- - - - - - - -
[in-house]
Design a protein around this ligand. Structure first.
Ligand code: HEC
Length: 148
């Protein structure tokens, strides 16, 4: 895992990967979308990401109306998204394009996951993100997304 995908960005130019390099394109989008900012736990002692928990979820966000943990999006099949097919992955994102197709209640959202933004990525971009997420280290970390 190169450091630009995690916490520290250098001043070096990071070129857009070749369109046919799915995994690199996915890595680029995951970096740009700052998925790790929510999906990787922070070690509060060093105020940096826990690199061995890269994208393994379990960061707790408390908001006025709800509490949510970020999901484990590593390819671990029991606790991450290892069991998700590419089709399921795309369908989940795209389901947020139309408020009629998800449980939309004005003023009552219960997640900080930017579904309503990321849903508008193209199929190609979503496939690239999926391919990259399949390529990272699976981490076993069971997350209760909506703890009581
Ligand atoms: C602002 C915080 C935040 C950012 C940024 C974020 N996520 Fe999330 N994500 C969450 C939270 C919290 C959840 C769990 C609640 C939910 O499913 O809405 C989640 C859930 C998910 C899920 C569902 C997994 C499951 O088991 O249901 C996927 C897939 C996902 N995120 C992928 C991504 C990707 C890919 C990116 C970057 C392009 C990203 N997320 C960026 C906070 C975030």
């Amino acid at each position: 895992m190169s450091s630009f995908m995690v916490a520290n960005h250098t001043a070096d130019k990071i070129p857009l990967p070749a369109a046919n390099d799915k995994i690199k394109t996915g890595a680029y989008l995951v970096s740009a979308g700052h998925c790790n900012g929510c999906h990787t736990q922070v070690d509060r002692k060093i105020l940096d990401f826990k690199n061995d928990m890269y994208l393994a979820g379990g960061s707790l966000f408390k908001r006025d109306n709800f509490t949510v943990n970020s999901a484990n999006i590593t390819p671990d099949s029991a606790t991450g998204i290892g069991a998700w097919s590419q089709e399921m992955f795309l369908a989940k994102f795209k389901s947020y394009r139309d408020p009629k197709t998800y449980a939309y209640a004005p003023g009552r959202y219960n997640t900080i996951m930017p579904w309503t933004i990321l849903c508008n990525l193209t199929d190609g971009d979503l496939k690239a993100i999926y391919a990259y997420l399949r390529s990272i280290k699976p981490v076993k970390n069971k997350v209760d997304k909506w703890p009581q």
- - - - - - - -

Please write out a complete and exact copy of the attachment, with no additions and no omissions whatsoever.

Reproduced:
[in-house]
Design a protein around this ligand. Structure first.
Ligand code: HEC
Length: 148
């Protein structure tokens, strides 16, 4: 895992990967979308990401109306998204394009996951993100997304 995908960005130019390099394109989008900012736990002692928990979820966000943990999006099949097919992955994102197709209640959202933004990525971009997420280290970390 190169450091630009995690916490520290250098001043070096990071070129857009070749369109046919799915995994690199996915890595680029995951970096740009700052998925790790929510999906990787922070070690509060060093105020940096826990690199061995890269994208393994379990960061707790408390908001006025709800509490949510970020999901484990590593390819671990029991606790991450290892069991998700590419089709399921795309369908989940795209389901947020139309408020009629998800449980939309004005003023009552219960997640900080930017579904309503990321849903508008193209199929190609979503496939690239999926391919990259399949390529990272699976981490076993069971997350209760909506703890009581
Ligand atoms: C602002 C915080 C935040 C950012 C940024 C974020 N996520 Fe999330 N994500 C969450 C939270 C919290 C959840 C769990 C609640 C939910 O499913 O809405 C989640 C859930 C998910 C899920 C569902 C997994 C499951 O088991 O249901 C996927 C897939 C996902 N995120 C992928 C991504 C990707 C890919 C990116 C970057 C392009 C990203 N997320 C960026 C906070 C975030």
């Amino acid at each position: 895992m190169s450091s630009f995908m995690v916490a520290n960005h250098t001043a070096d130019k990071i070129p857009l990967p070749a369109a046919n390099d799915k995994i690199k394109t996915g890595a680029y989008l995951v970096s740009a979308g700052h998925c790790n900012g929510c999906h990787t736990q922070v070690d509060r002692k060093i105020l940096d990401f826990k690199n061995d928990m890269y994208l393994a979820g379990g960061s707790l966000f408390k908001r006025d109306n709800f509490t949510v943990n970020s999901a484990n999006i590593t390819p671990d099949s029991a606790t991450g998204i290892g069991a998700w097919s590419q089709e399921m992955f795309l369908a989940k994102f795209k389901s947020y394009r139309d408020p009629k197709t998800y449980a939309y209640a004005p003023g009552r959202y219960n997640t900080i996951m930017p579904w309503t933004i990321l849903c508008n990525l193209t199929d190609g971009d979503l496939k690239a993100i999926y391919a990259y997420l399949r390529s990272i280290k699976p981490v076993k970390n069971k997350v209760d997304k909506w703890p009581q």